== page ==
“After we put the building up for sale, Franklin Community Center was intrigued and one of their board members, Stacie Arpey, and her husband Michael decided they really wanted them to have it and gave them a million dollar donation to get to the price, and Cathy and I lowered (the asking price) by many hundreds of thousands of dollars because we couldn’t think of a better buyer for it than Franklin,” Masie says.
“What I like about Franklin is that they service people who have deep and continuing needs as well as people who have newly arrived at the point of need,” Masie says. “I think we need to be quick to respond to people when they enter that and help put them on a pathway to becoming more self-sustaining. And Franklin does that. The other thing is they work a lot with kids.”
For Masie, the present world continues via video, having conducted keynotes for tens of thousands of people during the pandemic, right from his piano room at home in Saratoga Springs.
“They do so much in that cramped building they’re in now – to have that 10,000 square feet of space, it’s going to be exciting to see what they can do,” said Masie, who conducted a walk-through with FCC staff this week.
“This new home for FCC will help ensure that families in Saratoga Springs having an inviting place to receive the resources of FCC for years to come,” Stacie Arpey said in a statement.
The transition will happen gradually allowing FCC to ensure there are no disruptions to the services provided. The plan is to maintain the current venues and begin adapting some of the organization’s programs into the new venue. “In the beginning of 2021 our goal as a Board will be to really delve into that and see how we can be more efficient and make things easier to access for the folks who use our services. We want to make sure that we make things better for Franklin and for the entire community,” says Cushing, who has been with FCC for 18 years.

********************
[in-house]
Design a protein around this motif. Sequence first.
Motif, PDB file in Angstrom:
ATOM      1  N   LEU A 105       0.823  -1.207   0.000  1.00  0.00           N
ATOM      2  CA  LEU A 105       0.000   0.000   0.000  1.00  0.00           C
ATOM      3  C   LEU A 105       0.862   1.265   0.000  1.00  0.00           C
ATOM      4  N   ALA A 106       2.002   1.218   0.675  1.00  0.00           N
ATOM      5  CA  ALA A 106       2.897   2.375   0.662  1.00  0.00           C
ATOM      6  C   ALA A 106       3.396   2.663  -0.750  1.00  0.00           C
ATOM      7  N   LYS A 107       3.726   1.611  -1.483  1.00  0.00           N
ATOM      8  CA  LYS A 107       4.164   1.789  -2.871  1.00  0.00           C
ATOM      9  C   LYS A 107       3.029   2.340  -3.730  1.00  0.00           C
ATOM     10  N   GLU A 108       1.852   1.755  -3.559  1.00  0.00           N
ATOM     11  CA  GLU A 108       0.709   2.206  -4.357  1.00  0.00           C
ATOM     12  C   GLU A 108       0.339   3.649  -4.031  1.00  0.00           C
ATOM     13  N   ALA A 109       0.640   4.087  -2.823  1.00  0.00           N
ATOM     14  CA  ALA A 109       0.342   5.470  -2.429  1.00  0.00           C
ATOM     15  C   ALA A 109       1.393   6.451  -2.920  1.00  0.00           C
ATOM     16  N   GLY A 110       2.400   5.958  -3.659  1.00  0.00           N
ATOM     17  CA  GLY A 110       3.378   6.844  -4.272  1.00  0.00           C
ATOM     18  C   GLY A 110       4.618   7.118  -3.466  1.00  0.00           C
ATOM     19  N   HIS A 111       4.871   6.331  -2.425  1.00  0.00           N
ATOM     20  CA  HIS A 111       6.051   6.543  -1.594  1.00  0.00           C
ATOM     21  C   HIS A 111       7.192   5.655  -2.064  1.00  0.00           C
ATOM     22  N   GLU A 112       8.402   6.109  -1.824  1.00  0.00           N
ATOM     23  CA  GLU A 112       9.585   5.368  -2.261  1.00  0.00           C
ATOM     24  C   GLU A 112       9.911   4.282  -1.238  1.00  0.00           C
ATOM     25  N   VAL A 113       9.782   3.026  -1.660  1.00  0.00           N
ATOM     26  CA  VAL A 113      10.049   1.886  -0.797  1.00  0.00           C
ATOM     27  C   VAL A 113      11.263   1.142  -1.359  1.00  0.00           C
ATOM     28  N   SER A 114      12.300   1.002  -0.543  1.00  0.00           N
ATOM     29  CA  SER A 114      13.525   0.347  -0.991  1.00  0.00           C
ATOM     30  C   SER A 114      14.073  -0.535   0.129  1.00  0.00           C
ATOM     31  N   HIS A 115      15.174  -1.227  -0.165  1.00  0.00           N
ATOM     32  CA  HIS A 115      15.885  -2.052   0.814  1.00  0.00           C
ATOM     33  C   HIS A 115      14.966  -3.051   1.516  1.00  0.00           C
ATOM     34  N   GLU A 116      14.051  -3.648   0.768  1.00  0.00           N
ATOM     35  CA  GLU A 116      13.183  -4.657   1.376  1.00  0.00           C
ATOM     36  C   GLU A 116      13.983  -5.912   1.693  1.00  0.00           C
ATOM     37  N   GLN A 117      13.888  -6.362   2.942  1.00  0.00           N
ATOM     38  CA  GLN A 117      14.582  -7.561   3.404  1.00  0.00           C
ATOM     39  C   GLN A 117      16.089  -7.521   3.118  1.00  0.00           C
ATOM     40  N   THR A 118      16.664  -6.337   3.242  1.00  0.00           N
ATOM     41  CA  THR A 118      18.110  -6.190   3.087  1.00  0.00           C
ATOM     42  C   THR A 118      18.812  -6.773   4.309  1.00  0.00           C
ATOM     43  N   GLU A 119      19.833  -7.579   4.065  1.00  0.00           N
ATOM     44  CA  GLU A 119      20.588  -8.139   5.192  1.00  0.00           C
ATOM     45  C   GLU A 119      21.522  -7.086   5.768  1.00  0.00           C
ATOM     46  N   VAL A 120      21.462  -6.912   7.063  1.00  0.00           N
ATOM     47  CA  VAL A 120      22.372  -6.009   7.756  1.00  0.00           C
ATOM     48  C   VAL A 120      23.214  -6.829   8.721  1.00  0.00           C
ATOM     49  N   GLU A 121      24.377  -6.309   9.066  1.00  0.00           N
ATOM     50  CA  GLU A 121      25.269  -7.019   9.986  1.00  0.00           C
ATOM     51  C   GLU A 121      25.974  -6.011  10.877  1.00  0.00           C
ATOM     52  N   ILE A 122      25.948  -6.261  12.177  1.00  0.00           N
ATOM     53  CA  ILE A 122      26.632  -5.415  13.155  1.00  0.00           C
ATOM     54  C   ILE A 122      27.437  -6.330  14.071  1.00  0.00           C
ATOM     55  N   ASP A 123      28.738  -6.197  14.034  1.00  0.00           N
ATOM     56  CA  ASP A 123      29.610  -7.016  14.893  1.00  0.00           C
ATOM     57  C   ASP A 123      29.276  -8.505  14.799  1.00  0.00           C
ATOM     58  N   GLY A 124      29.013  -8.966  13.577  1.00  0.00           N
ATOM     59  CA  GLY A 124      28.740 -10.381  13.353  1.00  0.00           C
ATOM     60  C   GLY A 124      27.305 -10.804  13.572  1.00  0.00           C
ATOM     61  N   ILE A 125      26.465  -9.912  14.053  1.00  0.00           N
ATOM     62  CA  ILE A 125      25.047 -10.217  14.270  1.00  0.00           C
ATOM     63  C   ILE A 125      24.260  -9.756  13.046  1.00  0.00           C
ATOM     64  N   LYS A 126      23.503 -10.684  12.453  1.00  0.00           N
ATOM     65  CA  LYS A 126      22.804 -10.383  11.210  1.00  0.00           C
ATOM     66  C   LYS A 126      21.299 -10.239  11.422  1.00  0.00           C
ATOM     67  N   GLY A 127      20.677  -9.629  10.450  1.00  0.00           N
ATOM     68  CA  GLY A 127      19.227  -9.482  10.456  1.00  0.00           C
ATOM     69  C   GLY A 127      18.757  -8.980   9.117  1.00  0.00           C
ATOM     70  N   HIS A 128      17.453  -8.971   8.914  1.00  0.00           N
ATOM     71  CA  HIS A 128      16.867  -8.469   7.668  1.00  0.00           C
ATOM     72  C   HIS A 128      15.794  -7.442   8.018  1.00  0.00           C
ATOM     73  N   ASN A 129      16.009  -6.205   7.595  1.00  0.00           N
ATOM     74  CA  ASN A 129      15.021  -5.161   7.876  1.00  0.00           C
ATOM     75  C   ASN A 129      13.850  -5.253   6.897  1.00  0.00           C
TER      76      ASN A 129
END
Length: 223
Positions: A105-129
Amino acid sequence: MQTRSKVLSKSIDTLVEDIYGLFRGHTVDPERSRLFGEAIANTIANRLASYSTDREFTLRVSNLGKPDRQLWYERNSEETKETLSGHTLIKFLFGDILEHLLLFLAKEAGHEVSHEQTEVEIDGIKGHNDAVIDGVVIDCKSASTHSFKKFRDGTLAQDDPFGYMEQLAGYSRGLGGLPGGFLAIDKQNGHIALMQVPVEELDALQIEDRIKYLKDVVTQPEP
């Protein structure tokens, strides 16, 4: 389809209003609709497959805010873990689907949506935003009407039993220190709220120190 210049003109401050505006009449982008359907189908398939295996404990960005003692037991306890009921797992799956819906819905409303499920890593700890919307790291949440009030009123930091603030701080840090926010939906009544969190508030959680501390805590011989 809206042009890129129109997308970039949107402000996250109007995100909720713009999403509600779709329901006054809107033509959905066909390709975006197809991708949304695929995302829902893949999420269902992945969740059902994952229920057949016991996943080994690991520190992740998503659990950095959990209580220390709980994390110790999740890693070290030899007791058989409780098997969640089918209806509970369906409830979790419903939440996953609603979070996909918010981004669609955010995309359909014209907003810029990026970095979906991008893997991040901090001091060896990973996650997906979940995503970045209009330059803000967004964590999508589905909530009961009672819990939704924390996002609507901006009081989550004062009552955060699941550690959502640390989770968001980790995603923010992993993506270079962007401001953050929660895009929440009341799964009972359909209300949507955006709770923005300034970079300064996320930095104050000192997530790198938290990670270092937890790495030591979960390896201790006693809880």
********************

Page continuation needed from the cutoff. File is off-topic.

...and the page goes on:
“COVID has obviously turned everything upside down and has disrupted all of our lives, but we have a unique perspective: we get to see the other side of it, and I have to tell you how heart-warming it has been to see our community come together to make sure that nobody has to go without,” Cushing says. “We were scared to death when it started and we saw our numbers going through the roof. We didn’t even know if we would be able to serve everyone that came to us.
“Every day we would post our biggest needs on social media and we have a contactless drop-off in the front of our building and every day when we would come in, it would be overflowing with the things we had asked for. We never had to turn anybody away, because people were so generous. This community is absolutely amazing. I think Stacie and Mike embody everything hat our community is and Cathy and Elliott – everybody made it possible, it’s such a group effort and it’s wonderful to see.”
The Michael and Stacie Arpey Family Community Center /Franklin Community Center is in fundraising mode and need just under $1 million to complete their expansion campaign which would include costs for moving and potential renovations to the space. For more information or to contribute to the campaign go to: www.franklincommunitycenter.org.
Elliott Masie is on the move, setting the GPS satellites to dancing across the constellation.